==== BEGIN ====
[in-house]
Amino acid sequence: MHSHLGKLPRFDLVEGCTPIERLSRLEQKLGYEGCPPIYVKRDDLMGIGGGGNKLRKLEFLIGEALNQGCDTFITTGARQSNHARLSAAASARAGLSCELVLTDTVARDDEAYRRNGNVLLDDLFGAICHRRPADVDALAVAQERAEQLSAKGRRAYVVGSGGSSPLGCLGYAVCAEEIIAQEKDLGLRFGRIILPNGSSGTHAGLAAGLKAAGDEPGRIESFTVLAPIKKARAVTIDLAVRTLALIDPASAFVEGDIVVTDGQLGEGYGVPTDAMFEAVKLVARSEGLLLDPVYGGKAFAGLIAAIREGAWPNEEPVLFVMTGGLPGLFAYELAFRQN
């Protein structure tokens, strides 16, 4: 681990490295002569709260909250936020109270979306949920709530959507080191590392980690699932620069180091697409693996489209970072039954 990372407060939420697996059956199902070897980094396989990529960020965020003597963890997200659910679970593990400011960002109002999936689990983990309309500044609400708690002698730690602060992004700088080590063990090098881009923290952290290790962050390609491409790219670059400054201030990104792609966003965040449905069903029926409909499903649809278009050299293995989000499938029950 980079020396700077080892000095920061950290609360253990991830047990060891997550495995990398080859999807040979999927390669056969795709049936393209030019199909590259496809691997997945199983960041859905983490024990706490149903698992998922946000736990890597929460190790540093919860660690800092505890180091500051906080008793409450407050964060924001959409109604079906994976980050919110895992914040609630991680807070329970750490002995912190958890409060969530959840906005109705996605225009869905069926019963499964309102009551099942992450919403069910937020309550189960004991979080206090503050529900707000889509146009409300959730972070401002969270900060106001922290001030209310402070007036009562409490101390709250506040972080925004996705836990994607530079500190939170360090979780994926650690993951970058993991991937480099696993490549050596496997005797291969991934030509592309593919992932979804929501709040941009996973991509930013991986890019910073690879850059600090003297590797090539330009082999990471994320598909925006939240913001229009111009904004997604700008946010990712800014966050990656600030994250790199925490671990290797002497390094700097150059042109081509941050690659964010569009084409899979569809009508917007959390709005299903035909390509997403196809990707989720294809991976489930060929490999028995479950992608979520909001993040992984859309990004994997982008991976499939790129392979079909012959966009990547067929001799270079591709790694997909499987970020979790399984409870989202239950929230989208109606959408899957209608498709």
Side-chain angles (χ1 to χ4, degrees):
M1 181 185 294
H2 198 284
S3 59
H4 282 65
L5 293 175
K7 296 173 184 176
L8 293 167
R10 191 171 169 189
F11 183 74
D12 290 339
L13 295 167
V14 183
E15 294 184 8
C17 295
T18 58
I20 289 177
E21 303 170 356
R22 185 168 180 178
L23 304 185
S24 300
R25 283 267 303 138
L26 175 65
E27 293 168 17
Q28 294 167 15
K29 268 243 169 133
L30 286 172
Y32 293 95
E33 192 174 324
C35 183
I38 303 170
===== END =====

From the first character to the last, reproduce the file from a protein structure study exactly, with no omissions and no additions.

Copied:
[in-house]
Amino acid sequence: MHSHLGKLPRFDLVEGCTPIERLSRLEQKLGYEGCPPIYVKRDDLMGIGGGGNKLRKLEFLIGEALNQGCDTFITTGARQSNHARLSAAASARAGLSCELVLTDTVARDDEAYRRNGNVLLDDLFGAICHRRPADVDALAVAQERAEQLSAKGRRAYVVGSGGSSPLGCLGYAVCAEEIIAQEKDLGLRFGRIILPNGSSGTHAGLAAGLKAAGDEPGRIESFTVLAPIKKARAVTIDLAVRTLALIDPASAFVEGDIVVTDGQLGEGYGVPTDAMFEAVKLVARSEGLLLDPVYGGKAFAGLIAAIREGAWPNEEPVLFVMTGGLPGLFAYELAFRQN
């Protein structure tokens, strides 16, 4: 681990490295002569709260909250936020109270979306949920709530959507080191590392980690699932620069180091697409693996489209970072039954 990372407060939420697996059956199902070897980094396989990529960020965020003597963890997200659910679970593990400011960002109002999936689990983990309309500044609400708690002698730690602060992004700088080590063990090098881009923290952290290790962050390609491409790219670059400054201030990104792609966003965040449905069903029926409909499903649809278009050299293995989000499938029950 980079020396700077080892000095920061950290609360253990991830047990060891997550495995990398080859999807040979999927390669056969795709049936393209030019199909590259496809691997997945199983960041859905983490024990706490149903698992998922946000736990890597929460190790540093919860660690800092505890180091500051906080008793409450407050964060924001959409109604079906994976980050919110895992914040609630991680807070329970750490002995912190958890409060969530959840906005109705996605225009869905069926019963499964309102009551099942992450919403069910937020309550189960004991979080206090503050529900707000889509146009409300959730972070401002969270900060106001922290001030209310402070007036009562409490101390709250506040972080925004996705836990994607530079500190939170360090979780994926650690993951970058993991991937480099696993490549050596496997005797291969991934030509592309593919992932979804929501709040941009996973991509930013991986890019910073690879850059600090003297590797090539330009082999990471994320598909925006939240913001229009111009904004997604700008946010990712800014966050990656600030994250790199925490671990290797002497390094700097150059042109081509941050690659964010569009084409899979569809009508917007959390709005299903035909390509997403196809990707989720294809991976489930060929490999028995479950992608979520909001993040992984859309990004994997982008991976499939790129392979079909012959966009990547067929001799270079591709790694997909499987970020979790399984409870989202239950929230989208109606959408899957209608498709």
Side-chain angles (χ1 to χ4, degrees):
M1 181 185 294
H2 198 284
S3 59
H4 282 65
L5 293 175
K7 296 173 184 176
L8 293 167
R10 191 171 169 189
F11 183 74
D12 290 339
L13 295 167
V14 183
E15 294 184 8
C17 295
T18 58
I20 289 177
E21 303 170 356
R22 185 168 180 178
L23 304 185
S24 300
R25 283 267 303 138
L26 175 65
E27 293 168 17
Q28 294 167 15
K29 268 243 169 133
L30 286 172
Y32 293 95
E33 192 174 324
C35 183
I38 303 170